A designer’s work is oftentimes presented in a department store or boutique alongside dozens of collections. Building Fashion, however, gives designers the opportunity have their own freestanding store as well as a space that reflects their personalities. According to Nicola Formichetti, the first designer to be featured in the series, “This is the opportunity to look directly into my head.” Nicola’s, by Gage/Clemenceau Architects, literally reflects Formichetti’s style, with mirrored prisms serving as the ceiling and walls.

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Books, Fashion September 12, 2011 By Nalina Moses

Mark 1 Tomato Worm Suit, by B. F. Goodrich.

Mark 1 Tomato Worm Suit, by B. F. Goodrich.

ss title Spacesuit Design
Forty-two years after Neil Armstrong landed on the moon, the bulky, crinkly white spacesuit he wore remains an icon of the space age. While the suit was engineered by NASA to meet exacting technical standards, it was actually assembled by underwear seamstresses. This is just one intriguing aspect of spacesuit design that’s documented in the new book “Spacesuit: Fashioning Apollo,” by Nicholas de Monchaux.
     When NASA first engineered the suits for the Apollo missions they wanted them to have a cold, hard, mechanical look. But the shell-like suit prototypes they produced, which made astronauts look like the Michelin Man, weren’t especially comfortable or flexible. So NASA used layers of lighter materials stitched together. The special twenty-one-layer assembly they devised had nylon inside for comfort, teflon outside for protection, and rubber-dipped fabrics in between to withstand pressure.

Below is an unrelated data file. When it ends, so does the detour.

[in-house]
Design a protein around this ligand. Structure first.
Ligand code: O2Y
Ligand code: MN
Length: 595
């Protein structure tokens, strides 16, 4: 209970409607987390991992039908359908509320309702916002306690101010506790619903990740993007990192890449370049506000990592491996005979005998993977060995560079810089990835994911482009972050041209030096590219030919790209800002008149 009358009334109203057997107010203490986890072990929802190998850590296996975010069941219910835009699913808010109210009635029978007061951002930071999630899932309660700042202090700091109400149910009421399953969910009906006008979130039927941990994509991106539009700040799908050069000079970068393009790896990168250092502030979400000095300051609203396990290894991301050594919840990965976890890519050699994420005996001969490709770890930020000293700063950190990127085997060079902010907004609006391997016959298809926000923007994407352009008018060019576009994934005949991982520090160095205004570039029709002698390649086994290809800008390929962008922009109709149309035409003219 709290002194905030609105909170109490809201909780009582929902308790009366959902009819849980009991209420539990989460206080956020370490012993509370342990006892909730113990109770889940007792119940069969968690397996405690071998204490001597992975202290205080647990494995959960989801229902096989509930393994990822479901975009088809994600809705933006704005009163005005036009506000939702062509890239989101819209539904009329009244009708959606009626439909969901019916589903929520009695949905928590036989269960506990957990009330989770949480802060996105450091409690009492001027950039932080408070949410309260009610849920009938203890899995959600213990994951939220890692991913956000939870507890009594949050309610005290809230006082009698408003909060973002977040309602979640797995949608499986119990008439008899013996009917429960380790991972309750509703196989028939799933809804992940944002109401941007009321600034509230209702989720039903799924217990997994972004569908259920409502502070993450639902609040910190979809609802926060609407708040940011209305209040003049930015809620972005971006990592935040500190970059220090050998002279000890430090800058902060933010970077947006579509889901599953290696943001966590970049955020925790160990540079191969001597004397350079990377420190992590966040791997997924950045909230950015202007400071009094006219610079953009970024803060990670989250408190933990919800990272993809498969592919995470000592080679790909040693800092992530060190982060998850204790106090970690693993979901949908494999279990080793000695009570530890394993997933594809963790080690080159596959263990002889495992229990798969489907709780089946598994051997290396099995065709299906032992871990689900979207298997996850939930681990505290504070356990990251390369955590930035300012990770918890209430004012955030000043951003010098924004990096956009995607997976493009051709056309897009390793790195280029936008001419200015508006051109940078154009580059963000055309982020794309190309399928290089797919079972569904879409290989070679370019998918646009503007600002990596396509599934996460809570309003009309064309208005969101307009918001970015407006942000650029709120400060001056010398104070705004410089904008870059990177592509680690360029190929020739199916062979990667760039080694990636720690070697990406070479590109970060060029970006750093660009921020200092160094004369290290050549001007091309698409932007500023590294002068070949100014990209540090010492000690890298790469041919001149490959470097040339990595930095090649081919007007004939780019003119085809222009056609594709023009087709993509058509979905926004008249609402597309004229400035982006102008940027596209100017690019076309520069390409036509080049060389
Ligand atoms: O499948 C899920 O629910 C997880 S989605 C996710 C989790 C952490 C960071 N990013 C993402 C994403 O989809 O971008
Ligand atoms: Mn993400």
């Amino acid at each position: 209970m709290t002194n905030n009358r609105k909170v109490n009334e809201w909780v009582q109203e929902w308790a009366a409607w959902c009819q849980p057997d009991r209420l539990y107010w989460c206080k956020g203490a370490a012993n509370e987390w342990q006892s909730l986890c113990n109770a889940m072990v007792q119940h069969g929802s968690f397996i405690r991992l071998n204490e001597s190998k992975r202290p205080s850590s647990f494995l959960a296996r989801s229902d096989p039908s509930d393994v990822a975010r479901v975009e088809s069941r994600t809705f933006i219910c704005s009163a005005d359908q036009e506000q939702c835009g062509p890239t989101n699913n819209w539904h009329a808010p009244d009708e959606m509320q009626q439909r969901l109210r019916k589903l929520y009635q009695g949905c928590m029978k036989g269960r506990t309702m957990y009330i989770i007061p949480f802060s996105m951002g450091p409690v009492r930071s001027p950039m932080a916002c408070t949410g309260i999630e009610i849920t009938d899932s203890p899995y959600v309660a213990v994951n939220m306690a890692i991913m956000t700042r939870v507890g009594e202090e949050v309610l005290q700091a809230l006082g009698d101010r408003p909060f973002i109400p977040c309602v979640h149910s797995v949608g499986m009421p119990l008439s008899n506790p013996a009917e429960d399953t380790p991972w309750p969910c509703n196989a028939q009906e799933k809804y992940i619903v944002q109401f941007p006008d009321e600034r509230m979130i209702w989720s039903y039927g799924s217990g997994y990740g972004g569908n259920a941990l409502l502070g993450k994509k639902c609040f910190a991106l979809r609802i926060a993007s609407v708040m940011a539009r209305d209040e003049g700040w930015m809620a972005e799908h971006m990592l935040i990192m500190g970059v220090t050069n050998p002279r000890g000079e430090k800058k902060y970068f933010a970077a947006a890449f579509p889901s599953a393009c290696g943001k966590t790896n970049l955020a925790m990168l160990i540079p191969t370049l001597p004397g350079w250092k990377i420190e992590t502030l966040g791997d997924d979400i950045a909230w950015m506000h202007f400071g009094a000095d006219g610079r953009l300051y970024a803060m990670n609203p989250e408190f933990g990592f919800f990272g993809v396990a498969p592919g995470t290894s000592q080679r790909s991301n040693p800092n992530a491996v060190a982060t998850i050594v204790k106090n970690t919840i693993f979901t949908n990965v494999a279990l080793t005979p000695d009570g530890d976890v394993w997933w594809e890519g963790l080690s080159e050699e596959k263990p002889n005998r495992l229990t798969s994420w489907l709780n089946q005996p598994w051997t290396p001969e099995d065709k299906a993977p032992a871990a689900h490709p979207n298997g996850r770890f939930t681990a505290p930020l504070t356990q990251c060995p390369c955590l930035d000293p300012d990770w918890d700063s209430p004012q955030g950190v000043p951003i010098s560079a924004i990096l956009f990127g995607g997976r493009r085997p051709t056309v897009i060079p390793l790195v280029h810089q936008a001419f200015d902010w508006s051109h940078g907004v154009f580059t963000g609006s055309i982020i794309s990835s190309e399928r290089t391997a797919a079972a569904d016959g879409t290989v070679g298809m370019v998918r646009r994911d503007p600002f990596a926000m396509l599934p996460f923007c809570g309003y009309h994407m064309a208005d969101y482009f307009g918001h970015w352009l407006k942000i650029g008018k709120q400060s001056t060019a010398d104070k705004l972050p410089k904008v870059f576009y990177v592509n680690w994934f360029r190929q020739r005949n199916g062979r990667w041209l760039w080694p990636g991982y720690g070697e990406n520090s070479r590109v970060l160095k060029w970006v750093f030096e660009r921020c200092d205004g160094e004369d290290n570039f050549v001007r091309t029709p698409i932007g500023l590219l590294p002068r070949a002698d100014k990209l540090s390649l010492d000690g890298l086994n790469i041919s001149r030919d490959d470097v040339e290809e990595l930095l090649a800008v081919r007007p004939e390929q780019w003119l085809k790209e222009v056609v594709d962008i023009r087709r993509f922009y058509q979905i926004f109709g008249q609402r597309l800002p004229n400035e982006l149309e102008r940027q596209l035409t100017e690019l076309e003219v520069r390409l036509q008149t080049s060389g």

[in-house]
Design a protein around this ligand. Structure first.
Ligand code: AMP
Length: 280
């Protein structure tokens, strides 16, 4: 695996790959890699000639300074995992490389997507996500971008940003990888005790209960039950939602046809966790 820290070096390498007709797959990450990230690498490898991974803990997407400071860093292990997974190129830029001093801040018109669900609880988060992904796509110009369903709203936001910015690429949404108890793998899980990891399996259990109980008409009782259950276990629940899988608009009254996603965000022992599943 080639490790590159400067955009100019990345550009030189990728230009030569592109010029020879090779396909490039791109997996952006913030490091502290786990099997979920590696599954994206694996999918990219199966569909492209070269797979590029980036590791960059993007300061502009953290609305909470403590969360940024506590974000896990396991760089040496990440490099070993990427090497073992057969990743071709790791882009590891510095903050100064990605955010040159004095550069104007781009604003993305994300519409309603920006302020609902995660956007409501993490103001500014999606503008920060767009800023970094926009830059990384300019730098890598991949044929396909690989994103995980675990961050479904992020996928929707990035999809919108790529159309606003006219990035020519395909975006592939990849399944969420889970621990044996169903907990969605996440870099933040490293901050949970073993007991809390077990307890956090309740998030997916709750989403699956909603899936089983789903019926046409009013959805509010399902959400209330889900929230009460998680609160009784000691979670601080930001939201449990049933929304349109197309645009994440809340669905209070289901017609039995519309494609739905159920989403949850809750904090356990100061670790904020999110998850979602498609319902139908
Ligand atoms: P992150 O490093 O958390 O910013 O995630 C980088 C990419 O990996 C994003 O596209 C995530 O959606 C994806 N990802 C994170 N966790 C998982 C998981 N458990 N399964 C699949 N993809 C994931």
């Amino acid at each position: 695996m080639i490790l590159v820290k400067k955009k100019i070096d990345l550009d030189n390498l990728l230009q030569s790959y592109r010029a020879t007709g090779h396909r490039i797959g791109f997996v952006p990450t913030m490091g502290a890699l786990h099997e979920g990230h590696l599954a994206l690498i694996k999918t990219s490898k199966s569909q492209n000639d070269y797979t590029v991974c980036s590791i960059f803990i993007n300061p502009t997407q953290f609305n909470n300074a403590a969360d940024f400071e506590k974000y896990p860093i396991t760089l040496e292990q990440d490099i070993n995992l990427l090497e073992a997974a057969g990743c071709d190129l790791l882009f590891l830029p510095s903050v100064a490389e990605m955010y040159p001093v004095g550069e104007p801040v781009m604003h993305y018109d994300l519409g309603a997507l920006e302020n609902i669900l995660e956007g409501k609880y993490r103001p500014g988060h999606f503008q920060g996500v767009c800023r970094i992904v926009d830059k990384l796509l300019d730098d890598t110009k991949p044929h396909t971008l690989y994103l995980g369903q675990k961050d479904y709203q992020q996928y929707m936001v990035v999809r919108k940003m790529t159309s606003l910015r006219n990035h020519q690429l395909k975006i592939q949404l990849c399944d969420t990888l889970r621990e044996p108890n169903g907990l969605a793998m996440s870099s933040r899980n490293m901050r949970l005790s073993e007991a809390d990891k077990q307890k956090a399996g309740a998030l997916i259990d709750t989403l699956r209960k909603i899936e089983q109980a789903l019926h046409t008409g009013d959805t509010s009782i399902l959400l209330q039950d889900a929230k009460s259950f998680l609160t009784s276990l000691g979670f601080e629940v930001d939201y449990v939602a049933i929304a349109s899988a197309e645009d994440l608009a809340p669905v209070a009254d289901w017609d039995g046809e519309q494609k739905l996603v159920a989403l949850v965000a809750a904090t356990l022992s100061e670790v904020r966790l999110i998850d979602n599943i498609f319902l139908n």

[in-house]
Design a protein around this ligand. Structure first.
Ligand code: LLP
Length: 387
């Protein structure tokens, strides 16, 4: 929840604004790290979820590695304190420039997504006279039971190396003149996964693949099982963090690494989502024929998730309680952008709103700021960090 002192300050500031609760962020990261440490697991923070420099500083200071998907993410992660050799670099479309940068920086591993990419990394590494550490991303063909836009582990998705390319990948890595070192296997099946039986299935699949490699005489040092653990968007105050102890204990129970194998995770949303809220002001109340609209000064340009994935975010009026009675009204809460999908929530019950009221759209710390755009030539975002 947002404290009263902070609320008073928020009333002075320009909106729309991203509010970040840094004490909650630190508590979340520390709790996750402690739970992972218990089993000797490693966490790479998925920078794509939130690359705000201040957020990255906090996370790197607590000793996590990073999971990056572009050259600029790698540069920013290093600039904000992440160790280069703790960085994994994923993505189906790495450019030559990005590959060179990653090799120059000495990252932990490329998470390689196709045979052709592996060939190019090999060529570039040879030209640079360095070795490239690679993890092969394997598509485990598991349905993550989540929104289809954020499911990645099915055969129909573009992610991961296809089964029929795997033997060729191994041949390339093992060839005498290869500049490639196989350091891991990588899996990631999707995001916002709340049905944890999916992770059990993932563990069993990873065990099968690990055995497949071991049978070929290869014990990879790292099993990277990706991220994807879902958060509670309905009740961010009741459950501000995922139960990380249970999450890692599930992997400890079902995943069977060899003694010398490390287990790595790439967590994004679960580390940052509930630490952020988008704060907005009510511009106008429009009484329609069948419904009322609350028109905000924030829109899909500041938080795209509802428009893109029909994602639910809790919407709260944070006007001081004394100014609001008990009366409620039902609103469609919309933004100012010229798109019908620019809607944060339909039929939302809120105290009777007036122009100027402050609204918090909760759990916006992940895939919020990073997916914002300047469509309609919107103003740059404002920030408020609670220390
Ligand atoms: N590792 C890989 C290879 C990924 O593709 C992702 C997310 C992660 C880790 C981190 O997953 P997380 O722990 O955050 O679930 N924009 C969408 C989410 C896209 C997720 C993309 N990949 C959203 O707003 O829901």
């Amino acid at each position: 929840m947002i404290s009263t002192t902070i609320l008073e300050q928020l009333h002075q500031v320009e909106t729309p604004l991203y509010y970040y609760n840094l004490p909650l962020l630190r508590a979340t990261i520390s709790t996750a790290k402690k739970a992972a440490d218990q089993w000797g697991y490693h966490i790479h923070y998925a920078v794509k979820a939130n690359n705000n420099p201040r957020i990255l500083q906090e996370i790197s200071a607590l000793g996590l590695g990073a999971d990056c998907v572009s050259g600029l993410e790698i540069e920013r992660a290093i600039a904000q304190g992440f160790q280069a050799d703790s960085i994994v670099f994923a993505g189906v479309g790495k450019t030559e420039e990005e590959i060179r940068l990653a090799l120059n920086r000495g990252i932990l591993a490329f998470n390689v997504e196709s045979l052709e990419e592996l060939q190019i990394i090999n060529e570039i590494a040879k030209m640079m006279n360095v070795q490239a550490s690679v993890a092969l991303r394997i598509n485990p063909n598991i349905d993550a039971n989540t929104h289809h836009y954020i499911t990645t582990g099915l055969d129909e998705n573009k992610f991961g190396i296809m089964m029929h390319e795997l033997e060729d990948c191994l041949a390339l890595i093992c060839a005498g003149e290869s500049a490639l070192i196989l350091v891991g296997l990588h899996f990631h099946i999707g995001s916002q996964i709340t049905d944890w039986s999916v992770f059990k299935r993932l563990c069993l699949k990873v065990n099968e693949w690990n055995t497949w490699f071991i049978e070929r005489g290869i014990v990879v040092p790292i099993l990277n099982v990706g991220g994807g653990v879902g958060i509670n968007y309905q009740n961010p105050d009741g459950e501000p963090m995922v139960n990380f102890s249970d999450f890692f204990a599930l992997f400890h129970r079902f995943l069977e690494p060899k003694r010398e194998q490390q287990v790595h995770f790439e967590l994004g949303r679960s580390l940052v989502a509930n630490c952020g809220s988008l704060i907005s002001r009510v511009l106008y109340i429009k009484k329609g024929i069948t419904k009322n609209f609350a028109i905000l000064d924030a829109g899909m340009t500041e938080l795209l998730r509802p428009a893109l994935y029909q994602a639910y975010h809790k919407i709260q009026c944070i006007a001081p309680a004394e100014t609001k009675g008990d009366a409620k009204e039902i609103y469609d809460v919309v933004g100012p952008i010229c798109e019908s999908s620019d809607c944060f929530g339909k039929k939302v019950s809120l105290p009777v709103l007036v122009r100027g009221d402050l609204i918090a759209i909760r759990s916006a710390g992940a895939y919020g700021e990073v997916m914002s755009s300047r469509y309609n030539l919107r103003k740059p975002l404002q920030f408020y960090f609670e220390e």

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Fashion September 2, 2011 By Maggie Dolan

Fashion and fetish have long been cultural bedfellows. Steeped in fantasy, obsession and sex both compliment and provoke each other. This kinky kinship is infusing the runways this season – restrained silhouettes nipped at the waist, fetishized footwear from lace-up boots to furry stilettos and leather everywhere – channeling in a subversive new trend. At the forefront of fashion’s strict new discipline is the London-based design duo Fleet Ilya. The husband and wife team are making worldwide waves with their handcrafted leather accessories.
     Ilya Fleet trained as a saddlery craftsman before using his trade to create the label’s collection of luxury bondage accessories, Restraint. Resha Sharma joined Ilya as creative partner with a graphic design degree from Central Saint Martins and brought the label into the fashion realm with a collection of women’s accessories. Now both their bondage and fashion pieces can be found accessorizing international fashion editorials and at the world’s top boutique and concept stores.

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Art, Events, Fashion August 16, 2011 By Chloe Eichler